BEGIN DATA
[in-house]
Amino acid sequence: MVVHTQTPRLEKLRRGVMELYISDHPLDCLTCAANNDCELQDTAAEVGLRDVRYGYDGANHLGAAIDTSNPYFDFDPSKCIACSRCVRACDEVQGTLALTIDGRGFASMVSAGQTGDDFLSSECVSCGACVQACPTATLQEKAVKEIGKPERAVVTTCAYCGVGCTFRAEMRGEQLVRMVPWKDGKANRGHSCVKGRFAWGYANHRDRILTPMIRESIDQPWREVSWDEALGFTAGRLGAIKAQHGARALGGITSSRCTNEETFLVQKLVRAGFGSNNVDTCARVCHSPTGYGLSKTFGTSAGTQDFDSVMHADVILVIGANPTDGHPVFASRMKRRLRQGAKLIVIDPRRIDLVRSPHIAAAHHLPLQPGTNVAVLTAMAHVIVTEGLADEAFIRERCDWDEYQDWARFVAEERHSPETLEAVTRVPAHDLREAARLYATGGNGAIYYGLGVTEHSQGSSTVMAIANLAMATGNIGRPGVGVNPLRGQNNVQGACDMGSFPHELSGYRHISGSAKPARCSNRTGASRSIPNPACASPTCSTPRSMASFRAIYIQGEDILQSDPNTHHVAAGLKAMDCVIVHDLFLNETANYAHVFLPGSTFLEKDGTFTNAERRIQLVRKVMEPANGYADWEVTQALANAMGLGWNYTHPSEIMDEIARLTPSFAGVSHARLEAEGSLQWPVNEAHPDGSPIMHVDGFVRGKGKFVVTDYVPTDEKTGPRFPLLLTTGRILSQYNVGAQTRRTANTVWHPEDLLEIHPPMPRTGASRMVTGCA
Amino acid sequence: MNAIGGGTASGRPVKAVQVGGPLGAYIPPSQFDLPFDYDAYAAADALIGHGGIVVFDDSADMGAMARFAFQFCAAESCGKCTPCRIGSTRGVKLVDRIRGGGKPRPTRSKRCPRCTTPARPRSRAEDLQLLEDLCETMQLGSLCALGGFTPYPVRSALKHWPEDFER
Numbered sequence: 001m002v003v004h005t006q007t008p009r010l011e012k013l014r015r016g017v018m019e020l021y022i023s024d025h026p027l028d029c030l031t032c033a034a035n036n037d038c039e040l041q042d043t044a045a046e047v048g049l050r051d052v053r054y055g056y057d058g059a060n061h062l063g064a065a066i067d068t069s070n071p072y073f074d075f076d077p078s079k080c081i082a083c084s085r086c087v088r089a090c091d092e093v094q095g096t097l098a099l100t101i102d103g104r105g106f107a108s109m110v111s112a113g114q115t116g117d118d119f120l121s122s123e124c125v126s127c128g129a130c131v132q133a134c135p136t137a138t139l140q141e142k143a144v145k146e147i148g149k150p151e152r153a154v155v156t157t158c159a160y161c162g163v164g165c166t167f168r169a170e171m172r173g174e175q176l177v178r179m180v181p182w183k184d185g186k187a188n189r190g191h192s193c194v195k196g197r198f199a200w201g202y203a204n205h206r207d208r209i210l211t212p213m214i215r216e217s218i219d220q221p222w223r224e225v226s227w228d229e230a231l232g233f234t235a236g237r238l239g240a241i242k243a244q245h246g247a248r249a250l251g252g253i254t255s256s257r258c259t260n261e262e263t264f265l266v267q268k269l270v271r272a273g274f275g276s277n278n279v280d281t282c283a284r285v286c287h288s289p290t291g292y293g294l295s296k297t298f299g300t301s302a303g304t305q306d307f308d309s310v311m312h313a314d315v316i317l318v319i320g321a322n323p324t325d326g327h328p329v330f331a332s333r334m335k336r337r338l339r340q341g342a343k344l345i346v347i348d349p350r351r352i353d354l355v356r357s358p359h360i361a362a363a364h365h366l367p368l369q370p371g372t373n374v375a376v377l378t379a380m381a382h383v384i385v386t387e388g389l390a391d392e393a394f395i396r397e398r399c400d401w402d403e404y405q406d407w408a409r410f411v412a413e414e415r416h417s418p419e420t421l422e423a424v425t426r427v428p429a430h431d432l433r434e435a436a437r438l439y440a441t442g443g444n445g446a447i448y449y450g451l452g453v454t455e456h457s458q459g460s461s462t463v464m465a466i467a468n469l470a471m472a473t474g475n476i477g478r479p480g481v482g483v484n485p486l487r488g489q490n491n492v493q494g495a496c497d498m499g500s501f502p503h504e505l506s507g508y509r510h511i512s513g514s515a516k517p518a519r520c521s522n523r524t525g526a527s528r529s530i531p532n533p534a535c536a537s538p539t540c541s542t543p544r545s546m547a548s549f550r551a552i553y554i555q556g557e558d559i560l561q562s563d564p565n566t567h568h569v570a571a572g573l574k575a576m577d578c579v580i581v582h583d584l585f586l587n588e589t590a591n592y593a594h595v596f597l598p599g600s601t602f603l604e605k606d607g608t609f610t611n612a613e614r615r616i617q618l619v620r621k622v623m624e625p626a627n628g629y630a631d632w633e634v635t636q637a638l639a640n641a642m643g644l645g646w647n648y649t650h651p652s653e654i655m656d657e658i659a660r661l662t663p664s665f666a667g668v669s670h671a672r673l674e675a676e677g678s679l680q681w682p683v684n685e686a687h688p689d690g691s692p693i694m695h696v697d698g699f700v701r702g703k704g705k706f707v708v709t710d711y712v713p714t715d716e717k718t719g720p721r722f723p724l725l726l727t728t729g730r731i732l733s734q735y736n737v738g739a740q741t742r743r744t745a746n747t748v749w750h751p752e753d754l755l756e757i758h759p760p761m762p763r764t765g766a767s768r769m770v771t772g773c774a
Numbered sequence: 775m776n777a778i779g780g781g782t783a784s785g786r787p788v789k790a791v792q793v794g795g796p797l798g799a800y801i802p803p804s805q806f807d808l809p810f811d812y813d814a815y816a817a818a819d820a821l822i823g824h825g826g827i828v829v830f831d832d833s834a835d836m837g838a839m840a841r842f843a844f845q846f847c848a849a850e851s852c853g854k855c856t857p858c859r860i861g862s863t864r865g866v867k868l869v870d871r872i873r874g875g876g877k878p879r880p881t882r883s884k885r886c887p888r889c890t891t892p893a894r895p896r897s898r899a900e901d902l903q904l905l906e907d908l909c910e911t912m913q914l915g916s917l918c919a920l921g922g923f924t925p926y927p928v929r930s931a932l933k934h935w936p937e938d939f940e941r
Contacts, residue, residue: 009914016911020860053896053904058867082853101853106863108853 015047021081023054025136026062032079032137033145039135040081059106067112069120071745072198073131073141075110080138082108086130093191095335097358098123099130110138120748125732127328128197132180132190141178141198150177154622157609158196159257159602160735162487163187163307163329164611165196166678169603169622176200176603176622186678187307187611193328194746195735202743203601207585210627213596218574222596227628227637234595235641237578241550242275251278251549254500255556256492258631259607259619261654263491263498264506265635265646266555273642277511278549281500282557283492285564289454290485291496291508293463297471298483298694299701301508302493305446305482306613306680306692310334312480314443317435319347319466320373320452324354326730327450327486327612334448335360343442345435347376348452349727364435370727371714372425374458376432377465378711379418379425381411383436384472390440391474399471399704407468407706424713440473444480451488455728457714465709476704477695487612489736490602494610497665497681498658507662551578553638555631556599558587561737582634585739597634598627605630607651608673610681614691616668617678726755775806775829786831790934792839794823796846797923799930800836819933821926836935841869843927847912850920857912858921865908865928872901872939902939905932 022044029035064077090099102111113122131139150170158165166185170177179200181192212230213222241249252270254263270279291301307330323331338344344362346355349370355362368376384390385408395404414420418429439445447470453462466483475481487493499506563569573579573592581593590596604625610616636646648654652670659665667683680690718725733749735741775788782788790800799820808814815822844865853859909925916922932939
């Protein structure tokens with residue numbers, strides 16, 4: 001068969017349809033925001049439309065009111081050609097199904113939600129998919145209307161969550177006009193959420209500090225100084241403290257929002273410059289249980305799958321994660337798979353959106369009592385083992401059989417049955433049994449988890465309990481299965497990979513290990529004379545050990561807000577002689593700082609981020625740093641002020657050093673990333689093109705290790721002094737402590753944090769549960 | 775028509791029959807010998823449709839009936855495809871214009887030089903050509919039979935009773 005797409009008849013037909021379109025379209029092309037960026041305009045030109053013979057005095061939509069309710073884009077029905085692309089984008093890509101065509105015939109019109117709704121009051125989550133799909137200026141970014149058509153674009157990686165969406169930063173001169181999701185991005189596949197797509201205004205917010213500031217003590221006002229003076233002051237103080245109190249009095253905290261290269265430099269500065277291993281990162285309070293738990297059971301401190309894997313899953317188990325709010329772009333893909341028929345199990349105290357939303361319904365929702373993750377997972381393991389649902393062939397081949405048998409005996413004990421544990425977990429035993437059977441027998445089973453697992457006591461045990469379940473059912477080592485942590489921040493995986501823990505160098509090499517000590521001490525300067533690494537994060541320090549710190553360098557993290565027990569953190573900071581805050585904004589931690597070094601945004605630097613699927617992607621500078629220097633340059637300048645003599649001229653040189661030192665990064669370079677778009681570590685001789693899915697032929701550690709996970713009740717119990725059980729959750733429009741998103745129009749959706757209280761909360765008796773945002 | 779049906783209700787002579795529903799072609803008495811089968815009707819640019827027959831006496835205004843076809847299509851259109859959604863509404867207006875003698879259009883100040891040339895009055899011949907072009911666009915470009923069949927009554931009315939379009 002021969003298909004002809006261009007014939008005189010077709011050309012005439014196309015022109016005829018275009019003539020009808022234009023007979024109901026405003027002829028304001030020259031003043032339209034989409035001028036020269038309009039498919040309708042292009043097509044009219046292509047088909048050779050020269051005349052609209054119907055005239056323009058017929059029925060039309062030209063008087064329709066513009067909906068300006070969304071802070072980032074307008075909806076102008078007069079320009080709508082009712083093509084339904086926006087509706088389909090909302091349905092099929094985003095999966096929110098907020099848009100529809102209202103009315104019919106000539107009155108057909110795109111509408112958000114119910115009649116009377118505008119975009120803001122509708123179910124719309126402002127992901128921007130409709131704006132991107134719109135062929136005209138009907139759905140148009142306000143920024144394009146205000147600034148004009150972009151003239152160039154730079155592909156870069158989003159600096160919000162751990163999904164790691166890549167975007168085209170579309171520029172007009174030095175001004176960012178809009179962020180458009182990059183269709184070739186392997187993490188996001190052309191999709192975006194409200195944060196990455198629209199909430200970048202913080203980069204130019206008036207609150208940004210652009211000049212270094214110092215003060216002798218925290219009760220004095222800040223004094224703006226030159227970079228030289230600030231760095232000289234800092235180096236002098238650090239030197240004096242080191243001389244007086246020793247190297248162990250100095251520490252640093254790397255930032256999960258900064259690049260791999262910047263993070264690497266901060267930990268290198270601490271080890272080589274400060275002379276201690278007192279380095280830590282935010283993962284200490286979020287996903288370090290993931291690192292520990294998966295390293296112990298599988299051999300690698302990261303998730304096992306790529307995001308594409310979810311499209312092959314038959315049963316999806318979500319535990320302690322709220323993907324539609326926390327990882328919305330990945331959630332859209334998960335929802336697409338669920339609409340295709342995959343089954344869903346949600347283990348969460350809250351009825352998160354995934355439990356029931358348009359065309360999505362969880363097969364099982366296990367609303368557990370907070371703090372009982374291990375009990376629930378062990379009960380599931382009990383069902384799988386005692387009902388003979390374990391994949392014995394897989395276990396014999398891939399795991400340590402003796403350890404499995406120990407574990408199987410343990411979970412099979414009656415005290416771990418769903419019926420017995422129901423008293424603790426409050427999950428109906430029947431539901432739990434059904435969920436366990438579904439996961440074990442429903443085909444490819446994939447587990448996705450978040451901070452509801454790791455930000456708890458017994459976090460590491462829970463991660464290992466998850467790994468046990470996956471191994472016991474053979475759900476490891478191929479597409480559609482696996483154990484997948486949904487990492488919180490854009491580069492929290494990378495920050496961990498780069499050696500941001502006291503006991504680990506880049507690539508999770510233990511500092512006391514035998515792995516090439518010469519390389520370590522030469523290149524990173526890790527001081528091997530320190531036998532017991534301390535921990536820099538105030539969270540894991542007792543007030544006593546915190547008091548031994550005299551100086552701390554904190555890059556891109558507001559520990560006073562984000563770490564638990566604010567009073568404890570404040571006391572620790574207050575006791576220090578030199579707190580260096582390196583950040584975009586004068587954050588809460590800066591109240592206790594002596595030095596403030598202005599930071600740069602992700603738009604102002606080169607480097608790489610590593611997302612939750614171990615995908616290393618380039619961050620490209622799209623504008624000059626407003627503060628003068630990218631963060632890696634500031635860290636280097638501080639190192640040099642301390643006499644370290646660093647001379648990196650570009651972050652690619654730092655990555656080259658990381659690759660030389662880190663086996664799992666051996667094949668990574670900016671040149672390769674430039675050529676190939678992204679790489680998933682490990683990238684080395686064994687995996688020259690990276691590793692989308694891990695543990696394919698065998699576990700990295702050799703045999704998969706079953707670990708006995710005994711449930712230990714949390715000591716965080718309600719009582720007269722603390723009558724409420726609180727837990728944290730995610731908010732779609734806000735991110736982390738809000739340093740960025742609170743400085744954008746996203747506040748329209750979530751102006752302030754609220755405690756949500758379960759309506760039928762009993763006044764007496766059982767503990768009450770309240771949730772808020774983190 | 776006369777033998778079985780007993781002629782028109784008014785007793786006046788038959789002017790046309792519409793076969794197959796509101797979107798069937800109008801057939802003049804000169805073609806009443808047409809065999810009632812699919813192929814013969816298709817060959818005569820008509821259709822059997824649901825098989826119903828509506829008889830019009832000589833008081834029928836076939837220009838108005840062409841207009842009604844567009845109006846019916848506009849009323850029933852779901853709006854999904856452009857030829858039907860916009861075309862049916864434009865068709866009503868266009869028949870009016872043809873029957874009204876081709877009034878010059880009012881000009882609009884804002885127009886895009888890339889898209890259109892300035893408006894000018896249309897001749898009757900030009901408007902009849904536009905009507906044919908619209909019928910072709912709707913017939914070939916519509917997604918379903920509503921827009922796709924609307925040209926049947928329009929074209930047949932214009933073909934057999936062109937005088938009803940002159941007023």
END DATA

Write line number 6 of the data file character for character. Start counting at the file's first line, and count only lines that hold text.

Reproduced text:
Contacts, residue, residue: 009914016911020860053896053904058867082853101853106863108853 015047021081023054025136026062032079032137033145039135040081059106067112069120071745072198073131073141075110080138082108086130093191095335097358098123099130110138120748125732127328128197132180132190141178141198150177154622157609158196159257159602160735162487163187163307163329164611165196166678169603169622176200176603176622186678187307187611193328194746195735202743203601207585210627213596218574222596227628227637234595235641237578241550242275251278251549254500255556256492258631259607259619261654263491263498264506265635265646266555273642277511278549281500282557283492285564289454290485291496291508293463297471298483298694299701301508302493305446305482306613306680306692310334312480314443317435319347319466320373320452324354326730327450327486327612334448335360343442345435347376348452349727364435370727371714372425374458376432377465378711379418379425381411383436384472390440391474399471399704407468407706424713440473444480451488455728457714465709476704477695487612489736490602494610497665497681498658507662551578553638555631556599558587561737582634585739597634598627605630607651608673610681614691616668617678726755775806775829786831790934792839794823796846797923799930800836819933821926836935841869843927847912850920857912858921865908865928872901872939902939905932 022044029035064077090099102111113122131139150170158165166185170177179200181192212230213222241249252270254263270279291301307330323331338344344362346355349370355362368376384390385408395404414420418429439445447470453462466483475481487493499506563569573579573592581593590596604625610616636646648654652670659665667683680690718725733749735741775788782788790800799820808814815822844865853859909925916922932939